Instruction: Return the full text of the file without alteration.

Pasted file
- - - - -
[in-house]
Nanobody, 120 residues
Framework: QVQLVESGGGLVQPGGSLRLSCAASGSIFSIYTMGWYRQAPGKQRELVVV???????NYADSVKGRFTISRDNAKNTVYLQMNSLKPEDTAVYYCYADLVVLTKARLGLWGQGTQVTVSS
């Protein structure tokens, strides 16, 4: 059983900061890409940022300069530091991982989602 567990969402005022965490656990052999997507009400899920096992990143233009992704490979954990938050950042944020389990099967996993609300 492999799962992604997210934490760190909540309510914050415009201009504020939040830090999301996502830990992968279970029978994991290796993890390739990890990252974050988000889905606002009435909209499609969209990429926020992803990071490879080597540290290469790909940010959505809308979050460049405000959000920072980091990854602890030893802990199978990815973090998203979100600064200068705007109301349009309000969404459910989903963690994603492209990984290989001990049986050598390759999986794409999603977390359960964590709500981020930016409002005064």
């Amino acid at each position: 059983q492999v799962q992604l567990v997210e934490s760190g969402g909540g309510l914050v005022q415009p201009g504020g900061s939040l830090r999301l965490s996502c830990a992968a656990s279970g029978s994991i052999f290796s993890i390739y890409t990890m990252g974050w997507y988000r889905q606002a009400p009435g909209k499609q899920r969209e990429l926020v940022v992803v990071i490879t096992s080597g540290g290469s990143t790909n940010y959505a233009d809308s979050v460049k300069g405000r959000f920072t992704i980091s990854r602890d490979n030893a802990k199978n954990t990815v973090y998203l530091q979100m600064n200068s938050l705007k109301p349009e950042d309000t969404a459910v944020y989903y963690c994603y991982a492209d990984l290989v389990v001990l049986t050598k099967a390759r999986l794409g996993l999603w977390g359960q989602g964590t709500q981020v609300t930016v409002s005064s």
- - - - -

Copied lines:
[in-house]
Nanobody, 120 residues
Framework: QVQLVESGGGLVQPGGSLRLSCAASGSIFSIYTMGWYRQAPGKQRELVVV???????NYADSVKGRFTISRDNAKNTVYLQMNSLKPEDTAVYYCYADLVVLTKARLGLWGQGTQVTVSS
């Protein structure tokens, strides 16, 4: 059983900061890409940022300069530091991982989602 567990969402005022965490656990052999997507009400899920096992990143233009992704490979954990938050950042944020389990099967996993609300 492999799962992604997210934490760190909540309510914050415009201009504020939040830090999301996502830990992968279970029978994991290796993890390739990890990252974050988000889905606002009435909209499609969209990429926020992803990071490879080597540290290469790909940010959505809308979050460049405000959000920072980091990854602890030893802990199978990815973090998203979100600064200068705007109301349009309000969404459910989903963690994603492209990984290989001990049986050598390759999986794409999603977390359960964590709500981020930016409002005064």
């Amino acid at each position: 059983q492999v799962q992604l567990v997210e934490s760190g969402g909540g309510l914050v005022q415009p201009g504020g900061s939040l830090r999301l965490s996502c830990a992968a656990s279970g029978s994991i052999f290796s993890i390739y890409t990890m990252g974050w997507y988000r889905q606002a009400p009435g909209k499609q899920r969209e990429l926020v940022v992803v990071i490879t096992s080597g540290g290469s990143t790909n940010y959505a233009d809308s979050v460049k300069g405000r959000f920072t992704i980091s990854r602890d490979n030893a802990k199978n954990t990815v973090y998203l530091q979100m600064n200068s938050l705007k109301p349009e950042d309000t969404a459910v944020y989903y963690c994603y991982a492209d990984l290989v389990v001990l049986t050598k099967a390759r999986l794409g996993l999603w977390g359960q989602g964590t709500q981020v609300t930016v409002s005064s």